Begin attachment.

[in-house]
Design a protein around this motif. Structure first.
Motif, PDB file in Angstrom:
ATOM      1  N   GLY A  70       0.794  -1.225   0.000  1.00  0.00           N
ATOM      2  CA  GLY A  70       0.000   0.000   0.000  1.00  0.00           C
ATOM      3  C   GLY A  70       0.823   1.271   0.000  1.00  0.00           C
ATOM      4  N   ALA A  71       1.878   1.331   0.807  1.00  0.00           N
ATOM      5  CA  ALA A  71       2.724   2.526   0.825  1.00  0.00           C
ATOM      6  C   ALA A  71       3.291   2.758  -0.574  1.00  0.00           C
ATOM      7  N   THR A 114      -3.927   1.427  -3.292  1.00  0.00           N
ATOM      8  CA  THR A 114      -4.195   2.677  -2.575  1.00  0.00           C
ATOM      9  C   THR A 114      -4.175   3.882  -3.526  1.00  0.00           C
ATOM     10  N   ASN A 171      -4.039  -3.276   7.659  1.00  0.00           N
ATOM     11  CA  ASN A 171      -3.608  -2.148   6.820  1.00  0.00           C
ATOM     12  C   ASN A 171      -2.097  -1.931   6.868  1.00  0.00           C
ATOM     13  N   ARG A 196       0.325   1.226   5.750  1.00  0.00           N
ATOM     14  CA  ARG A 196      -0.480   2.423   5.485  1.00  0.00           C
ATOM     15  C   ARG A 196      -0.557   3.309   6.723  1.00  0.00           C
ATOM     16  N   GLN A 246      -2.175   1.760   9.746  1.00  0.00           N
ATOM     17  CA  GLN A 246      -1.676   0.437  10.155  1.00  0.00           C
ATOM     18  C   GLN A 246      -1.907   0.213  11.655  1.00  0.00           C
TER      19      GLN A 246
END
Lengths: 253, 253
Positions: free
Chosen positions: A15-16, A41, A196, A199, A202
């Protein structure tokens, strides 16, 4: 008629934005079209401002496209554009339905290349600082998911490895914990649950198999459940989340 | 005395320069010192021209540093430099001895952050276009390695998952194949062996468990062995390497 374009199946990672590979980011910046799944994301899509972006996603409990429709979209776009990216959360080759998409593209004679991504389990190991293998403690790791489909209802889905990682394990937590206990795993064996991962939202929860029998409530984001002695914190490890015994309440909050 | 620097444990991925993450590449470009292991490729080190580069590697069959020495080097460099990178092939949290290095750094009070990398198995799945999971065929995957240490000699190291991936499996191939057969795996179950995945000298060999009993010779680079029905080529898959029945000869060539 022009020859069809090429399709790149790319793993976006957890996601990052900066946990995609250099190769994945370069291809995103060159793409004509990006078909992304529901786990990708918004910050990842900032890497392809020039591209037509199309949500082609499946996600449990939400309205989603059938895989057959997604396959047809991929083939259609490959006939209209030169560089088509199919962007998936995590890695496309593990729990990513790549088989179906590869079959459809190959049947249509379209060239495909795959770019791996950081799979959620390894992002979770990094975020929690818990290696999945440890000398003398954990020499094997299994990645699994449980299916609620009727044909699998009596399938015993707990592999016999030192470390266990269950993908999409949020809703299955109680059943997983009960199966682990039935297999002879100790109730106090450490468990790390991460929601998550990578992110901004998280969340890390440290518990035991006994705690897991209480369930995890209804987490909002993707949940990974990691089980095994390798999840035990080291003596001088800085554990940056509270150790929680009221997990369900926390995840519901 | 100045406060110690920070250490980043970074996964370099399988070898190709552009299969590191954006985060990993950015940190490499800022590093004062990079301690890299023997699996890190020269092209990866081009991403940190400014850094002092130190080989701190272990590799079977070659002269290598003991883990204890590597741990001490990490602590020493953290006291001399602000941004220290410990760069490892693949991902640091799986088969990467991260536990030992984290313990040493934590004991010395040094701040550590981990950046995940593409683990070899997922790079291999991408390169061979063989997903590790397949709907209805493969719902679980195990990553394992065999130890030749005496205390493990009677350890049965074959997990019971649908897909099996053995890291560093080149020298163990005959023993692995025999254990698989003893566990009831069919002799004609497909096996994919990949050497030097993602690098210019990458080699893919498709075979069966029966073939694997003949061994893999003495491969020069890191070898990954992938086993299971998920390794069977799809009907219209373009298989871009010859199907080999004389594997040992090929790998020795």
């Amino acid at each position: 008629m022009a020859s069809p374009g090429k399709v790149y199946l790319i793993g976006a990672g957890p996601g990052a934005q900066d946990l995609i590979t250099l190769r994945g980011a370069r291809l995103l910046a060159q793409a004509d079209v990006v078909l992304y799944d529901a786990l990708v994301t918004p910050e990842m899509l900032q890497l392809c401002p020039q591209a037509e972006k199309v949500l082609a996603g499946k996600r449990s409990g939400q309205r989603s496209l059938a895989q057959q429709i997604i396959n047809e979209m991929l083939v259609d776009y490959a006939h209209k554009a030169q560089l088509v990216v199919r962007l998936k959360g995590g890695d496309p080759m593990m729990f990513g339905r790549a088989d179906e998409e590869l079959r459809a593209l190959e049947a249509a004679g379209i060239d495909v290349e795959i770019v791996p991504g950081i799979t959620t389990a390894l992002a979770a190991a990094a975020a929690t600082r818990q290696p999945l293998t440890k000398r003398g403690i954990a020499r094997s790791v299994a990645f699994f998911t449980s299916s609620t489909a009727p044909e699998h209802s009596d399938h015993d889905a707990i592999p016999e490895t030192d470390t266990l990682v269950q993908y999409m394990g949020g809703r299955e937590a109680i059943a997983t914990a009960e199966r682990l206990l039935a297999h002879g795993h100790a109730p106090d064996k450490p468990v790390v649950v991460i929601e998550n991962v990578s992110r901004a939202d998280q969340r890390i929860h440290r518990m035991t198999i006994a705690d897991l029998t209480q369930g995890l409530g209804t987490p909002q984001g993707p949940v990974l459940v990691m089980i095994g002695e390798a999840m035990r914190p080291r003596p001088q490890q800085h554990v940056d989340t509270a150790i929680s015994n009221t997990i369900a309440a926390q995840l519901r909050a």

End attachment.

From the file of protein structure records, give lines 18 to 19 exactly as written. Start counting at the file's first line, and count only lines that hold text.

ATOM     15  C   ARG A 196      -0.557   3.309   6.723  1.00  0.00           C
ATOM     16  N   GLN A 246      -2.175   1.760   9.746  1.00  0.00           N